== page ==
People in Alabama love to gather and, when they do, it’s usually around football or religion and it is always fortified with plenty of food and drink. What would happen, the organizers of a recent event called the Alabama All-Star Food Festival wondered, if you gathered people just for the eating and drinking -- and elevated the discussion of local food in the region while you were at it?
Yes, there was pulled pork and white bread drowning in sauce, but the convention center where the recent All-Star Food Festival was held on account of rain was also full of Gulf shrimp and grits, local gumbo, crab cakes, and of course cold cans from Good People and Back Forty, two of the state’s three microbreweries. The building filled up with farmers, chefs, and food pioneers celebrating a new wave of Alabama food, and wafting over the sterile convention center air was the smell of a place regaining its culinary roots.
As agriculturally rich as Alabama is -- both in soil and tradition -- the state produces less than 5 percent of the food consumed there.
Filmmaker Hailey Wist's documentary The Garden Summer is the true story of five strangers picked to live on a farm, work together, and have their lives taped. Wist recruited four other good-looking 20-something suburbanites to spend the summer on an Arkansas farm, getting all their food (except booze, coffee, and cooking oil) either from their own garden or from within a 100-mile radius.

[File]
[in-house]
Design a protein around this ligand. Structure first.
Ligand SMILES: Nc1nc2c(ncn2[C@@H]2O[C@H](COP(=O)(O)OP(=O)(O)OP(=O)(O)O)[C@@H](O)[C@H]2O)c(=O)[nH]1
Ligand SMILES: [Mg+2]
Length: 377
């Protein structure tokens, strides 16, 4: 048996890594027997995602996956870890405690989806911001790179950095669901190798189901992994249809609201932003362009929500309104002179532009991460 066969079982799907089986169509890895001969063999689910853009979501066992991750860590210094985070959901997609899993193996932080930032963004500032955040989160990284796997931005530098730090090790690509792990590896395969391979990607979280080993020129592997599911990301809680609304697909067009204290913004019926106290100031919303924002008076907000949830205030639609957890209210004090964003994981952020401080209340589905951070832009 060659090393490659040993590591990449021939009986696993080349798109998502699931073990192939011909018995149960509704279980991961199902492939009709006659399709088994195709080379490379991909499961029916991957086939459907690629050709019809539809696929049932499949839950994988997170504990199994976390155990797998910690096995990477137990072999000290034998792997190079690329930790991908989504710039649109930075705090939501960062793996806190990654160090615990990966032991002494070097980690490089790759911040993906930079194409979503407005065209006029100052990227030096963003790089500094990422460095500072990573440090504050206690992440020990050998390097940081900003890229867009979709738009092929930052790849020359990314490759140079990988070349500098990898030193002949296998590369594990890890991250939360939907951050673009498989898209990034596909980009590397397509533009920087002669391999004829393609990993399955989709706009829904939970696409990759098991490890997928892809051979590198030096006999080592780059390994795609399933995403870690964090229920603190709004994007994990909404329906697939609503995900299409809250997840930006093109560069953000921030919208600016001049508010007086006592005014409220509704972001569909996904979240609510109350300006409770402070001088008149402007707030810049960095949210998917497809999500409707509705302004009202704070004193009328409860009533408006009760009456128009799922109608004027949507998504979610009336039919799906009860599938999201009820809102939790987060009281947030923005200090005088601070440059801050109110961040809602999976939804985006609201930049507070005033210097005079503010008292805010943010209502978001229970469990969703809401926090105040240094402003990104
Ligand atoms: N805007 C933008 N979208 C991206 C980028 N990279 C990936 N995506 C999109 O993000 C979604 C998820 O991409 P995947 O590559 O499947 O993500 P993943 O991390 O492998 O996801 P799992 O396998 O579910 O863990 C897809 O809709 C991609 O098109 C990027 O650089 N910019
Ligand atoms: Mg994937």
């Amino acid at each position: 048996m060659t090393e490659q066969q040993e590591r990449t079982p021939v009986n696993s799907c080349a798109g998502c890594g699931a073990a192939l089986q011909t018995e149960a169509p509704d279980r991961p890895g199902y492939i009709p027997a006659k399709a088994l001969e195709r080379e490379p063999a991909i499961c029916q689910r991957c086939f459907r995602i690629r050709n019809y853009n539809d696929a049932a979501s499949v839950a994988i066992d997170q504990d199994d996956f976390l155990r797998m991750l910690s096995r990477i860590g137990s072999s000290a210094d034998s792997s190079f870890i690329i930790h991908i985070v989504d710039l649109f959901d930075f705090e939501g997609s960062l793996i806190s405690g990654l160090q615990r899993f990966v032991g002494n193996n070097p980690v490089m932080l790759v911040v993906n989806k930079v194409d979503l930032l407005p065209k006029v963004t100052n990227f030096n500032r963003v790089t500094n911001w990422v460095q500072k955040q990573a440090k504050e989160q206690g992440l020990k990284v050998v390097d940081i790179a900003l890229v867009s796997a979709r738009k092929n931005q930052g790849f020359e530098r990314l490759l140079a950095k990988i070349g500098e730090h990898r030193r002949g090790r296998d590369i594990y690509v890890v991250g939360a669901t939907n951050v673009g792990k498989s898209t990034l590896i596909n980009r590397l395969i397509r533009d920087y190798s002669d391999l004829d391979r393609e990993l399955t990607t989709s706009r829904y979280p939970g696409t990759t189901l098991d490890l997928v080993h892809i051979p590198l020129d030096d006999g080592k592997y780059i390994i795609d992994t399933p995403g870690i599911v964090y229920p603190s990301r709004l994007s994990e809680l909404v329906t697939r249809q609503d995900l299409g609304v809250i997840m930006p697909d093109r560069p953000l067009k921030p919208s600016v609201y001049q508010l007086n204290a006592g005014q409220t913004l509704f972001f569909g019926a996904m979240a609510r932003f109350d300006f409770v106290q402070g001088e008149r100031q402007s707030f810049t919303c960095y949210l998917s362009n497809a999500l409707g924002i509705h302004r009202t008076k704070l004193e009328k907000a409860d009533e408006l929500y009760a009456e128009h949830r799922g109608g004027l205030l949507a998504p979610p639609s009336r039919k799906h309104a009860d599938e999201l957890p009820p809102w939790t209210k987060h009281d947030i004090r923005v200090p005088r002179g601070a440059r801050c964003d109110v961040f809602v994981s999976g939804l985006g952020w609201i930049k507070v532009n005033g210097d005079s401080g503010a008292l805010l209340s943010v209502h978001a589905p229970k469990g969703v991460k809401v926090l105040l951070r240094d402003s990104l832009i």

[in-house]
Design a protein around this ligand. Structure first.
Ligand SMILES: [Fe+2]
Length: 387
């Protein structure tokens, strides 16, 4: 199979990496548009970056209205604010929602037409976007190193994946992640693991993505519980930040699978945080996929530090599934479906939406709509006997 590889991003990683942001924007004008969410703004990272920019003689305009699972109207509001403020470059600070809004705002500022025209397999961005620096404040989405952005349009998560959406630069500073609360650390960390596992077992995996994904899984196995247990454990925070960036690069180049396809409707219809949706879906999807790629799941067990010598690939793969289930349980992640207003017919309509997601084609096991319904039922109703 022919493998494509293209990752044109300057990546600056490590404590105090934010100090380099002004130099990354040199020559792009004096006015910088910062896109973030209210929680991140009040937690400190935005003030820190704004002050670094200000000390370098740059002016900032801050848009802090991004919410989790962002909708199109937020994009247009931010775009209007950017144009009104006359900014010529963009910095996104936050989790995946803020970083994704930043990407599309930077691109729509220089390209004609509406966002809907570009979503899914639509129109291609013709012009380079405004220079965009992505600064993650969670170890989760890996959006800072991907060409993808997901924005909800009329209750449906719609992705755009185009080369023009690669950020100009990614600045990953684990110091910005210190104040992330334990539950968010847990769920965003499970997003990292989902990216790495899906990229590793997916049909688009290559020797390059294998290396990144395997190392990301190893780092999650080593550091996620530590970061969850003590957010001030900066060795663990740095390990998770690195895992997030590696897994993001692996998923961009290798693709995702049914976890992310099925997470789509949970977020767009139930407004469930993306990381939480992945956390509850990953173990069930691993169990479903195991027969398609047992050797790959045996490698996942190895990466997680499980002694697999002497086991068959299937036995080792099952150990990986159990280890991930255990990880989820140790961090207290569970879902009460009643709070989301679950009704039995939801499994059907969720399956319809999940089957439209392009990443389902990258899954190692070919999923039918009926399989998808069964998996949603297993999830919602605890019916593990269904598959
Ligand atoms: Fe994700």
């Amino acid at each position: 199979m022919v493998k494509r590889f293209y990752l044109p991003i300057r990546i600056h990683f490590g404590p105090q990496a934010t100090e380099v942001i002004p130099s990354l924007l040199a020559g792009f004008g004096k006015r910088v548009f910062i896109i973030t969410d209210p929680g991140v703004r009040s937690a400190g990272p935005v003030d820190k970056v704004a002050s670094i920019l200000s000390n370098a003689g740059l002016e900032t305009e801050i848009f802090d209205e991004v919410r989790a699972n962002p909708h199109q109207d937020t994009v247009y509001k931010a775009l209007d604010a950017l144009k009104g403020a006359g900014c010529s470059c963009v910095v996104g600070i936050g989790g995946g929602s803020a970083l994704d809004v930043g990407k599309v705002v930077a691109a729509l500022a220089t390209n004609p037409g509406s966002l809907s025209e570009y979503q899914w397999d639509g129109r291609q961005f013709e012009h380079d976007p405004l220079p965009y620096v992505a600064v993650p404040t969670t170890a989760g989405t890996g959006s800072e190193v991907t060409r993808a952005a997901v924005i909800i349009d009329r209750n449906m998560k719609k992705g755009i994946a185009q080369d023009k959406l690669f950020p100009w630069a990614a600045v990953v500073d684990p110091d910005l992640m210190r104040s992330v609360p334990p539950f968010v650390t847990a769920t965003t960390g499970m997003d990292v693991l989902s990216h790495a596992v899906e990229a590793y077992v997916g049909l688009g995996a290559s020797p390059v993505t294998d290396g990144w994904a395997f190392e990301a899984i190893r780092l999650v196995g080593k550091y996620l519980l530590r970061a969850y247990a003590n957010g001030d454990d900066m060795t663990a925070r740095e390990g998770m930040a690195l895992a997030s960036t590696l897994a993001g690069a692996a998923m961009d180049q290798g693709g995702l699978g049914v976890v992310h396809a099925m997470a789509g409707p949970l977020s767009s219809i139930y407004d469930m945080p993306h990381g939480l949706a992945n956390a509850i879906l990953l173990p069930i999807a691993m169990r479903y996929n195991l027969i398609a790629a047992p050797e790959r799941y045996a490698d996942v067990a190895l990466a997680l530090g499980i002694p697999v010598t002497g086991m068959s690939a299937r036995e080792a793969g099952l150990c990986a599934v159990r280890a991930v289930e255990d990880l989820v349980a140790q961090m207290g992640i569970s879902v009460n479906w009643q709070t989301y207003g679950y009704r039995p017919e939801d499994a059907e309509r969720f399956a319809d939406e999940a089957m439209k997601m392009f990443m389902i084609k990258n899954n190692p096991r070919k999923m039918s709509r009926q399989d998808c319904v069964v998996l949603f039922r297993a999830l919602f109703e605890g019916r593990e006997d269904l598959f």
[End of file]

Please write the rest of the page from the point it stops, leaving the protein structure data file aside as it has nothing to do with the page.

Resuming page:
So what happens when people stop being polite and start getting real on a farm? Well, like the original MTV reprobates, they drink, get in arguments, and have romantic entanglements, sometimes with the same people. But they also learn about where their food comes from, and about wasting less and living simpler.
Lynne Curry has always considered herself a locavore, but her food choices changed drastically when she moved from the Washington coast to a grassland ranching community called Wallowa in Eastern Oregon. Near the coast, she had eaten mostly vegetarian, with some fresh fish now and then. But in Wallowa she found that eating responsibly and supporting her local community meant buying and eating grassland beef (in large “shares”). Drawing on prior culinary experience from stints working in several high-end Pacific Northwest restaurants such as The Herb Farm and Willows Inn, Curry created recipes for every cut of meat on the cow.
With her first cookbook, Pure Beef: An Essential Guide to Artisan Meat with Recipes for Every Cut, Curry shares those recipes. She also suggests reaching into the freezer and grabbing whatever cut comes to hand, then paging through her book for a recipe. We caught up with Curry recently to hear about her decision to write the book and the lessons she's learned along the way.
Q. When did you realize you wanted to write this particular cookbook?
A. I always knew I wanted to do a book, but when I saw an article in TIME magazine about cow-pooling, I knew it was this one. It was the first thing I had seen outside of my community that reflected the relevance of this topic back to me.
But many articles about grass-fed beef only go so far, and then leave you hanging. To make this a viable choice, people need to know how to apply cooking methods.